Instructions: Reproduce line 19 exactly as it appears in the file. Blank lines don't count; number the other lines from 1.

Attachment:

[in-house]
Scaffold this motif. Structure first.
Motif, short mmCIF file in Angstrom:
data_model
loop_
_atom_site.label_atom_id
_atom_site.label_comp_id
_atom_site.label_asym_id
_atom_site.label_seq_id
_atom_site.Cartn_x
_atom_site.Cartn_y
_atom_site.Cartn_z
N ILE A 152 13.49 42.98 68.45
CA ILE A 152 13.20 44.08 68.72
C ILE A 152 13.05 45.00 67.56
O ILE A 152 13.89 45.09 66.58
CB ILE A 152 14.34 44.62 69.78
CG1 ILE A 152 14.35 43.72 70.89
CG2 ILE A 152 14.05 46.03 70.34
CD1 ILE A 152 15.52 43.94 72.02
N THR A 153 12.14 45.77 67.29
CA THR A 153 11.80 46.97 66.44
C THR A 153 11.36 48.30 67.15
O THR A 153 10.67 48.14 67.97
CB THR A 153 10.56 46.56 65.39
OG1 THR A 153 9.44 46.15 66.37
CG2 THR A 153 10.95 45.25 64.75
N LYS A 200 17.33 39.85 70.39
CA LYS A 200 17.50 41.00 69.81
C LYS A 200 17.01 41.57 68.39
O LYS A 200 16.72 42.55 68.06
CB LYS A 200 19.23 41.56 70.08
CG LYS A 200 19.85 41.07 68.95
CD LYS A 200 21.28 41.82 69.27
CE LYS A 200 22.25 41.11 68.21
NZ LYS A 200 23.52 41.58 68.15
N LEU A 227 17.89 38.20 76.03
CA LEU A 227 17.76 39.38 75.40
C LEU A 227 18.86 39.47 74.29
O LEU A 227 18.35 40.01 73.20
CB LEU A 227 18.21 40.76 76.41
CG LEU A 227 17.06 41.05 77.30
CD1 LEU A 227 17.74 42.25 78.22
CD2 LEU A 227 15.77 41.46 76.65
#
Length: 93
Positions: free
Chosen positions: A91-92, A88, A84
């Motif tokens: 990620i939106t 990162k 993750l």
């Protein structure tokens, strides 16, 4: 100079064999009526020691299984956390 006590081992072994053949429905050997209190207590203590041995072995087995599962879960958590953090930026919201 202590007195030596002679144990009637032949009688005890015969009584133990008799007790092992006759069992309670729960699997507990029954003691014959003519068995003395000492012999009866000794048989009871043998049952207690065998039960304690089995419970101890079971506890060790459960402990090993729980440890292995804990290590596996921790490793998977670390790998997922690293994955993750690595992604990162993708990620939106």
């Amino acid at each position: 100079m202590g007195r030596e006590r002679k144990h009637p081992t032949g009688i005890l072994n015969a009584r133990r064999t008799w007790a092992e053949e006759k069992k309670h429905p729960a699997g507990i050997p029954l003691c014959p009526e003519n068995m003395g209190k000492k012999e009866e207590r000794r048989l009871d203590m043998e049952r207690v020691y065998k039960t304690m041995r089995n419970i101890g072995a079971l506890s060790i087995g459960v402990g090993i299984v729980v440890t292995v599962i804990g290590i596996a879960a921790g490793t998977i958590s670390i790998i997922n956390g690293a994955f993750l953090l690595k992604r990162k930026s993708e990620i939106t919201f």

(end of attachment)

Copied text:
CG2 ILE A 152 14.05 46.03 70.34